He said: “Cardiff is a really interesting city and is quite small but, within that, there is huge growth potential for operators. Recently, there has been a lot of growth, redevelopment, bringing in lots of business to the area.
“Of course, when businesses move to an area, the service and hospitality industry has to move with it, creating opportunities for new operators.”
But it is not just the city itself where opportunities lie for new businesses to open and expand – the suburbs are also the place to be.
Thomas added: “The city has a huge catchment area, with Swansea to the west and Bristol to the east, meaning people coming into Cardiff from outside too. There are opportunities in terms of the sheer number of people coming.”
Thomas highlighted the diversity in the city and the various different demographics available to operators considering opening a site in the area.
“There are three universities in the city, meaning there are thousands of students within the area, which is another audience operators can tap into,” he said.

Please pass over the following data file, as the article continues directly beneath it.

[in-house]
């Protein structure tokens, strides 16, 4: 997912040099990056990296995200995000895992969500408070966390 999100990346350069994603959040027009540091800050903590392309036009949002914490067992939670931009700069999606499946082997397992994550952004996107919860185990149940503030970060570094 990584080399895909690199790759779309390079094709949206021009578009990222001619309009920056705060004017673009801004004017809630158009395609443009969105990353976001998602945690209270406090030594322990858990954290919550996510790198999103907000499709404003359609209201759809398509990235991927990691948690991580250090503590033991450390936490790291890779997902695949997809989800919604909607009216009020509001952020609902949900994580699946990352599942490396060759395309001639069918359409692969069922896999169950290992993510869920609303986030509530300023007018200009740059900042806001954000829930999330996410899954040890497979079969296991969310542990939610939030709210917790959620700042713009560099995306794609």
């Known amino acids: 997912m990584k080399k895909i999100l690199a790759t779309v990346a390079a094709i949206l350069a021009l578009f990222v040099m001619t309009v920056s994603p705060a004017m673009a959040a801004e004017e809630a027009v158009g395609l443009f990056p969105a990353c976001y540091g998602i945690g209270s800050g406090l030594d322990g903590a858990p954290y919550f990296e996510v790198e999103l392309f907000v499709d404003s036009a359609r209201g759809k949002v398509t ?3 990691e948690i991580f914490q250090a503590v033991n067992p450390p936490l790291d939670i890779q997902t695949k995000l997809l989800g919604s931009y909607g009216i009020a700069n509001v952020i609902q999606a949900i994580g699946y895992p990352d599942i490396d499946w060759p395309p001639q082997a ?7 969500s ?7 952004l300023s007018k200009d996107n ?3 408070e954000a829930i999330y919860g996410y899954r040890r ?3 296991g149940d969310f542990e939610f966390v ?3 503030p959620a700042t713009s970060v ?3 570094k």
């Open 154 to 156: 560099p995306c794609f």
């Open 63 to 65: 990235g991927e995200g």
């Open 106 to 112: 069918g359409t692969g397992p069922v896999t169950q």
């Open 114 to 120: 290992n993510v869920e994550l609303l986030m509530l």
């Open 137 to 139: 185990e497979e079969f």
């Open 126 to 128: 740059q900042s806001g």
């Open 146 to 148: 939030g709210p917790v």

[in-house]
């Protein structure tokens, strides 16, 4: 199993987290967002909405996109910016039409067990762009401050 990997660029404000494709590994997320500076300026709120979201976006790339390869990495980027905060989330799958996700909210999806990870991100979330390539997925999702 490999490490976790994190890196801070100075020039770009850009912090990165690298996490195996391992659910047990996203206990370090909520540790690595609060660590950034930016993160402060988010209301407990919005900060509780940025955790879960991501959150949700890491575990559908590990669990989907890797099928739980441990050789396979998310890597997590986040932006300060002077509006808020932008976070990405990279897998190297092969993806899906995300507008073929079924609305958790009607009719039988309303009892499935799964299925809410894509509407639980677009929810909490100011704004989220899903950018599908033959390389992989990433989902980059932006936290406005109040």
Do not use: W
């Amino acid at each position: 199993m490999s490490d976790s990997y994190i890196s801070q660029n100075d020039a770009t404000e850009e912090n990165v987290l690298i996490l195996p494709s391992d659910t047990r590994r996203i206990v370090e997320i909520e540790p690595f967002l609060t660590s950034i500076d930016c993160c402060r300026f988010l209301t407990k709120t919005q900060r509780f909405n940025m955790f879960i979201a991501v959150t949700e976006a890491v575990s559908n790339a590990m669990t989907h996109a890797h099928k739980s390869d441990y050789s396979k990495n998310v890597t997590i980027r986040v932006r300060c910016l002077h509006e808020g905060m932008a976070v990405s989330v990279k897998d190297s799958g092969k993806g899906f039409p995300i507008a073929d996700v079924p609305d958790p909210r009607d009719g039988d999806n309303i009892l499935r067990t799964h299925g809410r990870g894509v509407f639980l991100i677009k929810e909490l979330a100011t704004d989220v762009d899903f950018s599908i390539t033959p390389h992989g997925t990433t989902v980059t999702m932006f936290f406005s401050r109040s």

“However, the demographic of the city itself is very mixed. On top of the students and the professionals from the [business] development, the native population is a huge audience here.
“The locals who have been here for generations are fiercely proud of Cardiff and see no reason to leave, they see all the development and change as opportunities for them too.
“The city is very multicultural but is an amazing, rapidly growing area with something for everyone.”
Cardiff is also home to a variety of sporting events and grounds, including the Principality Stadium, which has a Tiny Rebel site opposite.
Thomas added: “When there is a home match and we have Irish or French fans over, we are jam-packed with very different groups of people but everyone is having a good time.”
The city’s proximity to London also helps bring punters in. Thomas said: “Cardiff is a ‘cheap alternative’ to London. The cost of living and office space costs are less but, no matter where you are in Cardiff, you can be on the M4 in 10 minutes and in London in two and a half hours.”
While Thomas was keen to outline the benefits of the Welsh capital, he also mentioned some challenges that operating in the city brings. “Because Cardiff is small, the competition for space is quite significant. Also, there is a small, community feel to the area so if you were to develop a bad reputation, everyone would know about it.
“In a larger city like London, which is more segmented, you stick to your area, serve those customers and people further away might not know about you at all, but in Cardiff, everyone knows everything.”
If you are a multi-site operator and want to join Tiny Rebel at the next MA500 event in Cardiff, on 24 May, email firstname.lastname@example.org.